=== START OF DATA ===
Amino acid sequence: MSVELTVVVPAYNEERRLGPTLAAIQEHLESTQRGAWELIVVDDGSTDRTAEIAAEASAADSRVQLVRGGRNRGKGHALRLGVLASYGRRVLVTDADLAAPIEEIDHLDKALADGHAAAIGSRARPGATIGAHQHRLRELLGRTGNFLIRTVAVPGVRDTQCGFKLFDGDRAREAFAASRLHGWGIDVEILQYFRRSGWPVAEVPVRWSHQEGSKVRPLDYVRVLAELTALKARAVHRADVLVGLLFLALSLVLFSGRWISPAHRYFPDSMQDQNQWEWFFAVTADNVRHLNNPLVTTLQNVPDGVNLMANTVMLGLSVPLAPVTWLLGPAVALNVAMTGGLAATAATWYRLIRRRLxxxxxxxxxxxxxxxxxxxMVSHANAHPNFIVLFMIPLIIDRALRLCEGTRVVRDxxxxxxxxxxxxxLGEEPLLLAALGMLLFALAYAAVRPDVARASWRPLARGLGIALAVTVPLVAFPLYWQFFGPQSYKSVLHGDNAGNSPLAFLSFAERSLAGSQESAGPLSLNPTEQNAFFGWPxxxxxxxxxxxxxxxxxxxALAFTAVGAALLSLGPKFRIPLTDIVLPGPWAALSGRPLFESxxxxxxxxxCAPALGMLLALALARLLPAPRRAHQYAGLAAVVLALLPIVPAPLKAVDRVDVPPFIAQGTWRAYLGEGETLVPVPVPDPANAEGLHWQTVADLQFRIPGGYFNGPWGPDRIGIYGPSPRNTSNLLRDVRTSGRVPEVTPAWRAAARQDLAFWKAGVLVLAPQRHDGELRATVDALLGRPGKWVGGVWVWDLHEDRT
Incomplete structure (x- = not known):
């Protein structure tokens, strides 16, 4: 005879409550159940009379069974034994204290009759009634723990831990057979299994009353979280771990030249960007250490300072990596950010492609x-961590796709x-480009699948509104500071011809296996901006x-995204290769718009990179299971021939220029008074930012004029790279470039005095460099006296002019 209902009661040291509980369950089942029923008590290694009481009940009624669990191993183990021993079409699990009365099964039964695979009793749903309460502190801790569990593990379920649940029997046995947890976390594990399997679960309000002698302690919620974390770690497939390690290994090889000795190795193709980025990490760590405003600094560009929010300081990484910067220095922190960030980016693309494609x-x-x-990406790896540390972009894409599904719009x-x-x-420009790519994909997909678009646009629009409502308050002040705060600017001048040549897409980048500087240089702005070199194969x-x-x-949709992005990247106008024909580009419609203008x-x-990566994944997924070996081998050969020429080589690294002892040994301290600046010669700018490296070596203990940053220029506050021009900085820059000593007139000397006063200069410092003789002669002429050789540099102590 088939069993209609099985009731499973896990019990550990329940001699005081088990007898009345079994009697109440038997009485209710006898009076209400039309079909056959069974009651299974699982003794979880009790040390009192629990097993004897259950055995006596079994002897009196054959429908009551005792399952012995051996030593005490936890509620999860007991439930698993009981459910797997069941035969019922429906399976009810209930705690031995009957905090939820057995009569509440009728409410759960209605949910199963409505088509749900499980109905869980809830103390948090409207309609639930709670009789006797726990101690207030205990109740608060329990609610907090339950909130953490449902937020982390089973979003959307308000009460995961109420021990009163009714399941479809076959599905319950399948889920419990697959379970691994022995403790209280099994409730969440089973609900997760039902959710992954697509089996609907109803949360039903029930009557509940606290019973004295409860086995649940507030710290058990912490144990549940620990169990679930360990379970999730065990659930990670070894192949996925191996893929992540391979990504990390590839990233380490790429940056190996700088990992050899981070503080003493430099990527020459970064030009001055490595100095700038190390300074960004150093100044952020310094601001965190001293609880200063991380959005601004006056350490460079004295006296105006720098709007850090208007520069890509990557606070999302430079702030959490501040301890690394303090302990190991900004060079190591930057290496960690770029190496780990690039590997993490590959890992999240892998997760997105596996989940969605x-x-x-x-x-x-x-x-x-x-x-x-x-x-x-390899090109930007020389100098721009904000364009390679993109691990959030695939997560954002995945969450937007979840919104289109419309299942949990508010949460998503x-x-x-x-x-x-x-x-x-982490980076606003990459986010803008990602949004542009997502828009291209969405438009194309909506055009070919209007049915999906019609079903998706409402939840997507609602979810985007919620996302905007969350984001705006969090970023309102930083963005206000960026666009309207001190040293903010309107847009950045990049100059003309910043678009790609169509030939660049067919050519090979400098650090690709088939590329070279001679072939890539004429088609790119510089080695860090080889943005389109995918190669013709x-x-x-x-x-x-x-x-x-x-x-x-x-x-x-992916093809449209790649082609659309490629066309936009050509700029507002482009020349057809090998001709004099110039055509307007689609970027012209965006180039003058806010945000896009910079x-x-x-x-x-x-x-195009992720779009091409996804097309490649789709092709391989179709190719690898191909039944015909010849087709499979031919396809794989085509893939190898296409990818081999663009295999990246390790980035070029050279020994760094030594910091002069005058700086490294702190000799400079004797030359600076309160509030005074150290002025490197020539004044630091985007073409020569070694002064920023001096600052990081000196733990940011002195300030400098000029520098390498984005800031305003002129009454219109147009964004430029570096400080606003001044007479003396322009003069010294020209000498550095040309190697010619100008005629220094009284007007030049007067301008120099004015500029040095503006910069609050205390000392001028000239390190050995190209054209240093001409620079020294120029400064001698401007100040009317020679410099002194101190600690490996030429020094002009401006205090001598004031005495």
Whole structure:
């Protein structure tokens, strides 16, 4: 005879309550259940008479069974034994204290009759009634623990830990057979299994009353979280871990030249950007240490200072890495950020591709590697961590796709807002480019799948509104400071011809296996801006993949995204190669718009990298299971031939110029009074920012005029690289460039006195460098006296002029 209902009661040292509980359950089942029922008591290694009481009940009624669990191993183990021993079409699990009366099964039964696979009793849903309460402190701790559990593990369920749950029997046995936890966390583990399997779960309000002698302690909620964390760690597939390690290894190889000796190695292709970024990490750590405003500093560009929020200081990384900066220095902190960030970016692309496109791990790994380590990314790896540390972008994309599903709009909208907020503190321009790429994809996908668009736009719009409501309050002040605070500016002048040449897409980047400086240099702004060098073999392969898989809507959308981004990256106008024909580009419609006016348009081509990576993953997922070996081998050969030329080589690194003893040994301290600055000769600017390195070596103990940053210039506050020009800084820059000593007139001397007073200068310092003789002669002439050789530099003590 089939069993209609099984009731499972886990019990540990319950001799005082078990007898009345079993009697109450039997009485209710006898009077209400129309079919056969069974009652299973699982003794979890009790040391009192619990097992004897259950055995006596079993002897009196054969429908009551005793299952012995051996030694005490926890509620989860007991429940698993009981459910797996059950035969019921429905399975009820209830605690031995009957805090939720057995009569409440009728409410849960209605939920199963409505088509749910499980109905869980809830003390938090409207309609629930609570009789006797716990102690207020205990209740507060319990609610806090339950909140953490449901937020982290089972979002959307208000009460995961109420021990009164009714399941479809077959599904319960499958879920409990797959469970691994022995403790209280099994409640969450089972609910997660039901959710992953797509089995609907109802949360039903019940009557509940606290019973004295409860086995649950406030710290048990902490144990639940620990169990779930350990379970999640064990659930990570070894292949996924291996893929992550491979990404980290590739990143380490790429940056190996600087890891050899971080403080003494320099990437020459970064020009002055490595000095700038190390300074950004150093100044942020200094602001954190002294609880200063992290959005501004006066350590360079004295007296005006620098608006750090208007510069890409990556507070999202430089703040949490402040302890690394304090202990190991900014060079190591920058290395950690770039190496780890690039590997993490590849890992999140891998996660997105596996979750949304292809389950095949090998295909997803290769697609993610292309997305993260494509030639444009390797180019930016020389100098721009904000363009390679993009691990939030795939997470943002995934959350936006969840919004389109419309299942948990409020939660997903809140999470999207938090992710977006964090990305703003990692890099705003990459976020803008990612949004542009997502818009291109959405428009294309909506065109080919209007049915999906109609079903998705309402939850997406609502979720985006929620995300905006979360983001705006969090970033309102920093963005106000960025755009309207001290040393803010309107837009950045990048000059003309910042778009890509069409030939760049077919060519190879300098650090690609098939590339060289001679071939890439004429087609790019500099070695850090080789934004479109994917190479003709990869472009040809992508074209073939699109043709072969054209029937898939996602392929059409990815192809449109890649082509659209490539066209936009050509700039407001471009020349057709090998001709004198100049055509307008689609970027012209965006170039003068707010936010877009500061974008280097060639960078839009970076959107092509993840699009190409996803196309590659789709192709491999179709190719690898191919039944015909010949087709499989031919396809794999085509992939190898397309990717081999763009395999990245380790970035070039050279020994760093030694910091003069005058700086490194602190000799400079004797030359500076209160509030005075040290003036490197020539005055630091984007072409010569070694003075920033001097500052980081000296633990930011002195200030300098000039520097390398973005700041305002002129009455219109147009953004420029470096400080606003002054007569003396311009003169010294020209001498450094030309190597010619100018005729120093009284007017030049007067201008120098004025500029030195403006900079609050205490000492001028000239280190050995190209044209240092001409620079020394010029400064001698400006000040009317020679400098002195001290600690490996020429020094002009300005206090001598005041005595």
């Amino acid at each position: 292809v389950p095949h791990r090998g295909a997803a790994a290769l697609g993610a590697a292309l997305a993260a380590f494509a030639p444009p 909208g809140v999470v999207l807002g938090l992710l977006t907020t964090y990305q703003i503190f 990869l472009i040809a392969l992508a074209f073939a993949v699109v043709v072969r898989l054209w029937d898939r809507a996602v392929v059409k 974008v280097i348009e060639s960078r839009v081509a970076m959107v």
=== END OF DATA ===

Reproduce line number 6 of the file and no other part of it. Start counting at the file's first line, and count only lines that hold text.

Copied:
């Amino acid at each position: 292809v389950p095949h791990r090998g295909a997803a790994a290769l697609g993610a590697a292309l997305a993260a380590f494509a030639p444009p 909208g809140v999470v999207l807002g938090l992710l977006t907020t964090y990305q703003i503190f 990869l472009i040809a392969l992508a074209f073939a993949v699109v043709v072969r898989l054209w029937d898939r809507a996602v392929v059409k 974008v280097i348009e060639s960078r839009v081509a970076m959107v």